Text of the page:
My Grandma lived with me, my parents, and my two sisters for nearly two decades. Growing up I became accustomed to hearing her cassettes playing the tunes of Hindu bhajans every morning.

When I was five, I had stomachaches that only she could treat with hot black tea and sugar but really it was her comfort and understanding that helped me the most.

Food was always given with a smile, the gentle force of her hospitality, and with a tale.

Saijan baji she said would, “Help me see better” and pumpkin would “make me smarter”–it was those tales that would cast a giggle on me and my sister’s faces. We would always wonder if she really meant it or if she was just trying to get me to eat.  Nevertheless food became a way for my Grandma to teach us the lesson she would never feel full until we were.

My Grandma serving up some baji to her grand-daughters.

She reminded us even though we were girls to “take your book seriously” Her dream as a young girl to become a teacher was not exactly fulfilled but she taught me and my sisters to make the most of our education, help in the house, and be a part of Hindu culture.

My Grandma with me and my sister “Minty”

Underneath every piece of wisdom she gave us was her mark of a good person–to love yourself no matter what wrong you do and love your parents no matter how old you are.

She was born in Plantation Albion in Guyana and her roots from late parents Betty and Arron Erriah were of strength, tenacity, and passion. My Grandma was an intelligent student in Guyana but was married at the tender age of sixteen and later had six children.

At thirty my Grandma became a single mother due to the death of her husband. She was faced with the challenge of feeding six mouths and ensuring a safe roof over her children. She took on the task by becoming a rice vendor selling in the marketplace–measuring dozens of twenty gallon bags of rice each day.

After her children grew up and were acclimated, my Grandma moved to New York City in 1984. She took care of her grandchildren but never stayed confined to the home. She visited all parts of Europe, United States, and the Caribbean while encouraging other family members to come along for the ride too.

It was in this time of her life that she witnessed some wonders of the world–something very few are able to. Yet with all of her travels she still made trips back to Guyana to host annual jhandis at her home.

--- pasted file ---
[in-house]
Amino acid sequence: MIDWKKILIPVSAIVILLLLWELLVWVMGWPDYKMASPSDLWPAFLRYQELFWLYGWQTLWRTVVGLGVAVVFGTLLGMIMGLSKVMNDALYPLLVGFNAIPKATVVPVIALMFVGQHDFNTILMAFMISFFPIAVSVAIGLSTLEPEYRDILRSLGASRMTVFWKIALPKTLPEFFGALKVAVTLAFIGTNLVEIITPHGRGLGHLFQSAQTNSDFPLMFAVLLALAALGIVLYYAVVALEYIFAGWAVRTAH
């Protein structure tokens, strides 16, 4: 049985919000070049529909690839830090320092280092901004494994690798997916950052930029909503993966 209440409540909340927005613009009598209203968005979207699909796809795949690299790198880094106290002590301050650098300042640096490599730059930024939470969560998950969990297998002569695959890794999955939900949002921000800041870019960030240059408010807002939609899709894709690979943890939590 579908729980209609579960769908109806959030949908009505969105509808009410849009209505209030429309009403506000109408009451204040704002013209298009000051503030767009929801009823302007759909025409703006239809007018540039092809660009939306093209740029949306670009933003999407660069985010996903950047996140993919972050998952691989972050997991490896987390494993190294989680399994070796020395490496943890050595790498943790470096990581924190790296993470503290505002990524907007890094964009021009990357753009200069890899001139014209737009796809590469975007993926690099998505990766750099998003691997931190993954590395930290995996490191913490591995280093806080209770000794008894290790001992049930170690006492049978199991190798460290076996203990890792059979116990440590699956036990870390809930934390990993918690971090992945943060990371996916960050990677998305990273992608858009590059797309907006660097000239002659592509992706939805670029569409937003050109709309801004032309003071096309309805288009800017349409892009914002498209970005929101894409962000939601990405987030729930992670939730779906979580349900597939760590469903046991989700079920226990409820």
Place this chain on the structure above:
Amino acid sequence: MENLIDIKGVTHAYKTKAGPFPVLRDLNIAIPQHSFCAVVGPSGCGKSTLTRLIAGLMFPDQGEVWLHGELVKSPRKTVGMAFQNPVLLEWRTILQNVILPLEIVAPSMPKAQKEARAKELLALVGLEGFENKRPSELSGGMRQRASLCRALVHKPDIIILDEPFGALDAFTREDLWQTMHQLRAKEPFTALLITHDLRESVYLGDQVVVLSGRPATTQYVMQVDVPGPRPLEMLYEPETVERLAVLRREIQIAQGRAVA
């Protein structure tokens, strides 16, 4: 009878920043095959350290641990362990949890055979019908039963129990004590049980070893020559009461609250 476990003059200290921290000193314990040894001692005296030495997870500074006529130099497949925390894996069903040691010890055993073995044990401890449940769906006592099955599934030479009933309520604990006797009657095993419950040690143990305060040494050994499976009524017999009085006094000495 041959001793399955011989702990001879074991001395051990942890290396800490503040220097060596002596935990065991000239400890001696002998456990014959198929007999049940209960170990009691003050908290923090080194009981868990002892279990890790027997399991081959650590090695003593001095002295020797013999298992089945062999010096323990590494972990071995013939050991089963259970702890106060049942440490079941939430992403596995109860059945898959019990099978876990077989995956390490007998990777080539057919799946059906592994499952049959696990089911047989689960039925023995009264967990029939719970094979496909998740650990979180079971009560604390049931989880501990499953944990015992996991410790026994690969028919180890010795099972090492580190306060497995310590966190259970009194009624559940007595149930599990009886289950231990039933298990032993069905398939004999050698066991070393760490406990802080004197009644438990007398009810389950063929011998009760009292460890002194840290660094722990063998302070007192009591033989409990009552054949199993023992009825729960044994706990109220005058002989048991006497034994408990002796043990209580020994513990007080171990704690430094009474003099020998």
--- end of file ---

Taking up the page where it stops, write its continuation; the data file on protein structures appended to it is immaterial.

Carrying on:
My Grandma was able to do all of this within her seventy-six years of life. In her words she “took her time and peeled her pine” Even in the last few months that she lived she reminded me to do just the same.

As an adult I am always in a hurry to do things, to be successful, to make sure I get a chance to try everything even if I can’t see what is at the end of the stairs. But my Grandma was able to do so much in no hurry at all and I’m sure she will rise to her final destination.

My Grandma passed away this past Monday August 6th 2012 in her own bed at home. Her hands were loosely clasped with a murti of Lord Krishna by her side.

The Vision for Shri Trimurti Bhavan from Pandit Chunelall Narine

Shri Trimurti Bhavan, called a “thriving Ozone Park temple” by the New York Times has made strides in the spiritual, cultural, and community life of many Indo-Caribbean Hindus. During the course of 14 years, the mandir has become a hotspot attracting politicians like Eric Ulrich and Mayor Bloomberg as well as spiritual leaders like Sri Swamiji. The temple youth have also played a prominent role in the Jamaica Bay Clean-Up Campaign. As the mandir celebrates its 14th anniversary, the leader and pandit-in-charge Chunelall Narine explains how the mandir has progressed and reflects on the future of Trimurti in its need for expansion.

Spiritual leader of the Shri Trimurti Bhavan mandir, Pandit Chunelall Narine.

What is your vision for Trimurti? Any current or future plans underway?

My vision for Trimurti is expansion. I think we have literally outgrown this mandir especially when we have important functions here, we run out of space. My vision is down the block, if it becomes available, then we should purchase more real estate in the future and expand our operations to include more youth and do much more for our seniors because we don’t have a program for our seniors right now. We purchased another building down the block which would be used as a cultural center but that building is in limbo right now. As it seems right now, it will fall in the hands of those that occupy it. My vision is to grow in size and to expand our activities, to do much more for the youths, seniors, and congregation.

City Councilmember Eric Ulrich greets a crowd at Trimurti in 2009. (Photo Courtesy of Gabel for News)

Explain more about the cultural center. What are some ideas for the way it would be run and what activities would be held there?